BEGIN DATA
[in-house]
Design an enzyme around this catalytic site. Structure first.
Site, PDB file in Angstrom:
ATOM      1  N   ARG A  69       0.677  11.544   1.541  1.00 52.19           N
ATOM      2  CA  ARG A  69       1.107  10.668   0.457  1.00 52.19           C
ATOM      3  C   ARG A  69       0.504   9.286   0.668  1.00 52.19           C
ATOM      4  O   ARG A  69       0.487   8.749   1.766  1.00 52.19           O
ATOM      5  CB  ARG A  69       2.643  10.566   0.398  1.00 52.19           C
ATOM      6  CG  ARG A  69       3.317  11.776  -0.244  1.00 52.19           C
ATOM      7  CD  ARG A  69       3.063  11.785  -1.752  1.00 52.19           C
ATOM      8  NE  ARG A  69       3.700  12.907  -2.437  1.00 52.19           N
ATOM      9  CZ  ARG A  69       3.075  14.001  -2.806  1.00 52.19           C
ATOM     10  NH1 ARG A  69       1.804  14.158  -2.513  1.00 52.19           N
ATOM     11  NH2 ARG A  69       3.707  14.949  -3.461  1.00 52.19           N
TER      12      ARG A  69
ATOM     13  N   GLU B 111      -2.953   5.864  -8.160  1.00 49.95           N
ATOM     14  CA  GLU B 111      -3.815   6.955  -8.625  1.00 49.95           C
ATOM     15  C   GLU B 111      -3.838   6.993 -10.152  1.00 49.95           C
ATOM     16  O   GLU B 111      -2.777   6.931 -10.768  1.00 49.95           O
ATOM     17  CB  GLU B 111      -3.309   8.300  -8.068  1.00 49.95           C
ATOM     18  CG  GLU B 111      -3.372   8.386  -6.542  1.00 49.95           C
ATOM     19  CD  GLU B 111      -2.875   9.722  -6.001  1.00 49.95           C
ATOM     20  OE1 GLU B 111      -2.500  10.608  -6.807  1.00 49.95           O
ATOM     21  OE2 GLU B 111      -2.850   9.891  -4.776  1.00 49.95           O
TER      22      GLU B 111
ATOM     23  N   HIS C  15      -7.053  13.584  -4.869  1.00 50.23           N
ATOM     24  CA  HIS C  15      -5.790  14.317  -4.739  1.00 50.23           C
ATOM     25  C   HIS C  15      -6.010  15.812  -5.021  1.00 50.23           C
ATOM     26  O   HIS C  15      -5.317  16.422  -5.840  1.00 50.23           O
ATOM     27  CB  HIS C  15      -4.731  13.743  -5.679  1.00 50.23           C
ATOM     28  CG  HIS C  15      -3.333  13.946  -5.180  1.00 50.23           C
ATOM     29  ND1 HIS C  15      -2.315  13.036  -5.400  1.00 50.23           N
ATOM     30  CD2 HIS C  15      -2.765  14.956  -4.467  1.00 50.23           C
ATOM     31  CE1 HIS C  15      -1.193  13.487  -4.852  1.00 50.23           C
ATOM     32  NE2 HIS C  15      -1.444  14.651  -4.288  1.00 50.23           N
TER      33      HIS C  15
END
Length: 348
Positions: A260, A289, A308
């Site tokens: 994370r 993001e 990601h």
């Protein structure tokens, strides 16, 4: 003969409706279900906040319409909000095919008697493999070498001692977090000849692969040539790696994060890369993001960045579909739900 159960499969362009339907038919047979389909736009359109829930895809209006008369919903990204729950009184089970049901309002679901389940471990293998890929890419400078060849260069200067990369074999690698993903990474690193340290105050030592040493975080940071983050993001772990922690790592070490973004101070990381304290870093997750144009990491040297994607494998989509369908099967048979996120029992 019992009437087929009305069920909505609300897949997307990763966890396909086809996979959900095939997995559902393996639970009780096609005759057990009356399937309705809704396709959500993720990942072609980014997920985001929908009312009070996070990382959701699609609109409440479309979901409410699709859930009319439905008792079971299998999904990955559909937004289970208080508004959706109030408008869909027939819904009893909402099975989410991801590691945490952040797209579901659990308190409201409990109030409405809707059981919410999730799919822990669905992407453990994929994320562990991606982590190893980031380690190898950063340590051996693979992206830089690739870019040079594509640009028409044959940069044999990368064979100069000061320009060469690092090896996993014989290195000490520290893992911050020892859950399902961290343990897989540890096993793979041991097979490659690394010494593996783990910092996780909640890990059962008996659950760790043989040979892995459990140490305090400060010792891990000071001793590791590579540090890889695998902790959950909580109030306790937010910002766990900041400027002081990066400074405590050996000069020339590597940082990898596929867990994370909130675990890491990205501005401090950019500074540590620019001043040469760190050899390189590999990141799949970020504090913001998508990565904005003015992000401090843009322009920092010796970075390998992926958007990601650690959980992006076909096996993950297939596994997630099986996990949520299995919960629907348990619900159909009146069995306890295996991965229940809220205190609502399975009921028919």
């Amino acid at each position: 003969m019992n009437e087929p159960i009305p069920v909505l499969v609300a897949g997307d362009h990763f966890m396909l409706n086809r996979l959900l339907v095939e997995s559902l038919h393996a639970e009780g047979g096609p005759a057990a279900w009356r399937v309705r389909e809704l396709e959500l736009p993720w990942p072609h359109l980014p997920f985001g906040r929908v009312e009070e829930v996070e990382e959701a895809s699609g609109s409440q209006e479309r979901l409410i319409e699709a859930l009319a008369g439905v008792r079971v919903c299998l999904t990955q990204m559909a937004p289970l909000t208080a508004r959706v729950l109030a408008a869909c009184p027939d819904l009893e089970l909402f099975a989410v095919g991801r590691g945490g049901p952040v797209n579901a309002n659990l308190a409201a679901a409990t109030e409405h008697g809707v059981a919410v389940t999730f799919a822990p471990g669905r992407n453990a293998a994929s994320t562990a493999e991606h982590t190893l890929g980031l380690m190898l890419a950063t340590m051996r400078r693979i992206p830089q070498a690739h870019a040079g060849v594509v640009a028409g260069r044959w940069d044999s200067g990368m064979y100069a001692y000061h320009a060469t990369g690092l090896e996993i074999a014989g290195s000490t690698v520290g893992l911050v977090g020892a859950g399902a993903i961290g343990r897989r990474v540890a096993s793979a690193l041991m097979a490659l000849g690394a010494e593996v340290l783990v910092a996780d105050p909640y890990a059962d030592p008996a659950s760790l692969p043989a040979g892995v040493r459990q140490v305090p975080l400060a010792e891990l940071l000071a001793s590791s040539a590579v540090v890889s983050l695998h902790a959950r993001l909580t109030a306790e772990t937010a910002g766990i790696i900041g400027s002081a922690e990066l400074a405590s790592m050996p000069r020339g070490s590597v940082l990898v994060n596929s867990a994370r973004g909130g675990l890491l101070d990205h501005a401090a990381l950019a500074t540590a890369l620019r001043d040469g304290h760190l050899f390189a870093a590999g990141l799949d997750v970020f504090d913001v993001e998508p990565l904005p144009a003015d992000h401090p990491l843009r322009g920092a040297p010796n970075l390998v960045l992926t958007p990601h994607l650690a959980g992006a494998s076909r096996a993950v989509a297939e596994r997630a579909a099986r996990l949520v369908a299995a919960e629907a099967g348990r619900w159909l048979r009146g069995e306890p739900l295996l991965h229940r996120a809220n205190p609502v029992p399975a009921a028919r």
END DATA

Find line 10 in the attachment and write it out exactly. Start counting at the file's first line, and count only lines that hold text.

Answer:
ATOM      7  CD  ARG A  69       3.063  11.785  -1.752  1.00 52.19           C